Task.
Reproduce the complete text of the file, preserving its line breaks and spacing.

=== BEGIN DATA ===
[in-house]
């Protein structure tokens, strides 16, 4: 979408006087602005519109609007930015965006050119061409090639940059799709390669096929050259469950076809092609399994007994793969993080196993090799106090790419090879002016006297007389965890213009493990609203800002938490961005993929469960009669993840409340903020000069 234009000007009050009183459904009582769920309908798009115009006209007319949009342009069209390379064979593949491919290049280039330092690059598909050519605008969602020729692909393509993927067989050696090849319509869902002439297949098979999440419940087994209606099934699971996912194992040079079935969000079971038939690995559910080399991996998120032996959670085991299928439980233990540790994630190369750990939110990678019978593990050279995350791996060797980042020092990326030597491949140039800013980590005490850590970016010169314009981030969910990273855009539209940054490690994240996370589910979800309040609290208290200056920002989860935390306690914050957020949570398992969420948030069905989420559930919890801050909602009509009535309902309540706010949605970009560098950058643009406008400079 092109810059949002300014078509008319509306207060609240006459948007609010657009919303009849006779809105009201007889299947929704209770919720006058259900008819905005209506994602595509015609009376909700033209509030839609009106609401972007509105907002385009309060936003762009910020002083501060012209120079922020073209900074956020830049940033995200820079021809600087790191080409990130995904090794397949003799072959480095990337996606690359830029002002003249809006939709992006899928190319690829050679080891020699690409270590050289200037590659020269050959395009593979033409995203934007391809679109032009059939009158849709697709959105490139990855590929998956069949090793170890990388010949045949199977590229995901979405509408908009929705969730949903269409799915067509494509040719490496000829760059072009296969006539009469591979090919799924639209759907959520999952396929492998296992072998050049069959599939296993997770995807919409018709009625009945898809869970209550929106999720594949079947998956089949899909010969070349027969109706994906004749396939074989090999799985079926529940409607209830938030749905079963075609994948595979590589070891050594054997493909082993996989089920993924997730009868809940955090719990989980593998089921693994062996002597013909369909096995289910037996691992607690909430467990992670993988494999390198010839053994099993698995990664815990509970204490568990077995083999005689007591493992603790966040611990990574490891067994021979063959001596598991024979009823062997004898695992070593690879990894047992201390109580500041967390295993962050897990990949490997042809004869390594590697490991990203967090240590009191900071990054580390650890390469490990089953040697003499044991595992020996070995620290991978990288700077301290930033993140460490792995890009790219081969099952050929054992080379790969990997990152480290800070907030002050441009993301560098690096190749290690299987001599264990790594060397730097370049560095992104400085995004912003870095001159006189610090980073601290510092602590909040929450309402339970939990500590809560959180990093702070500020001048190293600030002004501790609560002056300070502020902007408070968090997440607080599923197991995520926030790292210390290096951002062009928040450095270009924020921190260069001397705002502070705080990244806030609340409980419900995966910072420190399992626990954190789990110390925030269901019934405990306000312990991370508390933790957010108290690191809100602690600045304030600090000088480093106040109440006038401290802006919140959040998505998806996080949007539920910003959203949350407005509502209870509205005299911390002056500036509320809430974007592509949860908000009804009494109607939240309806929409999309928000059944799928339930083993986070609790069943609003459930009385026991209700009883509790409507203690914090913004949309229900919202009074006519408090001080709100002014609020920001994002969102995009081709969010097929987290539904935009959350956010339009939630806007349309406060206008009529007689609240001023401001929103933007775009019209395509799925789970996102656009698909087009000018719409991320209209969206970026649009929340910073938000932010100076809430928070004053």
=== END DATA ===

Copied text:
[in-house]
């Protein structure tokens, strides 16, 4: 979408006087602005519109609007930015965006050119061409090639940059799709390669096929050259469950076809092609399994007994793969993080196993090799106090790419090879002016006297007389965890213009493990609203800002938490961005993929469960009669993840409340903020000069 234009000007009050009183459904009582769920309908798009115009006209007319949009342009069209390379064979593949491919290049280039330092690059598909050519605008969602020729692909393509993927067989050696090849319509869902002439297949098979999440419940087994209606099934699971996912194992040079079935969000079971038939690995559910080399991996998120032996959670085991299928439980233990540790994630190369750990939110990678019978593990050279995350791996060797980042020092990326030597491949140039800013980590005490850590970016010169314009981030969910990273855009539209940054490690994240996370589910979800309040609290208290200056920002989860935390306690914050957020949570398992969420948030069905989420559930919890801050909602009509009535309902309540706010949605970009560098950058643009406008400079 092109810059949002300014078509008319509306207060609240006459948007609010657009919303009849006779809105009201007889299947929704209770919720006058259900008819905005209506994602595509015609009376909700033209509030839609009106609401972007509105907002385009309060936003762009910020002083501060012209120079922020073209900074956020830049940033995200820079021809600087790191080409990130995904090794397949003799072959480095990337996606690359830029002002003249809006939709992006899928190319690829050679080891020699690409270590050289200037590659020269050959395009593979033409995203934007391809679109032009059939009158849709697709959105490139990855590929998956069949090793170890990388010949045949199977590229995901979405509408908009929705969730949903269409799915067509494509040719490496000829760059072009296969006539009469591979090919799924639209759907959520999952396929492998296992072998050049069959599939296993997770995807919409018709009625009945898809869970209550929106999720594949079947998956089949899909010969070349027969109706994906004749396939074989090999799985079926529940409607209830938030749905079963075609994948595979590589070891050594054997493909082993996989089920993924997730009868809940955090719990989980593998089921693994062996002597013909369909096995289910037996691992607690909430467990992670993988494999390198010839053994099993698995990664815990509970204490568990077995083999005689007591493992603790966040611990990574490891067994021979063959001596598991024979009823062997004898695992070593690879990894047992201390109580500041967390295993962050897990990949490997042809004869390594590697490991990203967090240590009191900071990054580390650890390469490990089953040697003499044991595992020996070995620290991978990288700077301290930033993140460490792995890009790219081969099952050929054992080379790969990997990152480290800070907030002050441009993301560098690096190749290690299987001599264990790594060397730097370049560095992104400085995004912003870095001159006189610090980073601290510092602590909040929450309402339970939990500590809560959180990093702070500020001048190293600030002004501790609560002056300070502020902007408070968090997440607080599923197991995520926030790292210390290096951002062009928040450095270009924020921190260069001397705002502070705080990244806030609340409980419900995966910072420190399992626990954190789990110390925030269901019934405990306000312990991370508390933790957010108290690191809100602690600045304030600090000088480093106040109440006038401290802006919140959040998505998806996080949007539920910003959203949350407005509502209870509205005299911390002056500036509320809430974007592509949860908000009804009494109607939240309806929409999309928000059944799928339930083993986070609790069943609003459930009385026991209700009883509790409507203690914090913004949309229900919202009074006519408090001080709100002014609020920001994002969102995009081709969010097929987290539904935009959350956010339009939630806007349309406060206008009529007689609240001023401001929103933007775009019209395509799925789970996102656009698909087009000018719409991320209209969206970026649009929340910073938000932010100076809430928070004053």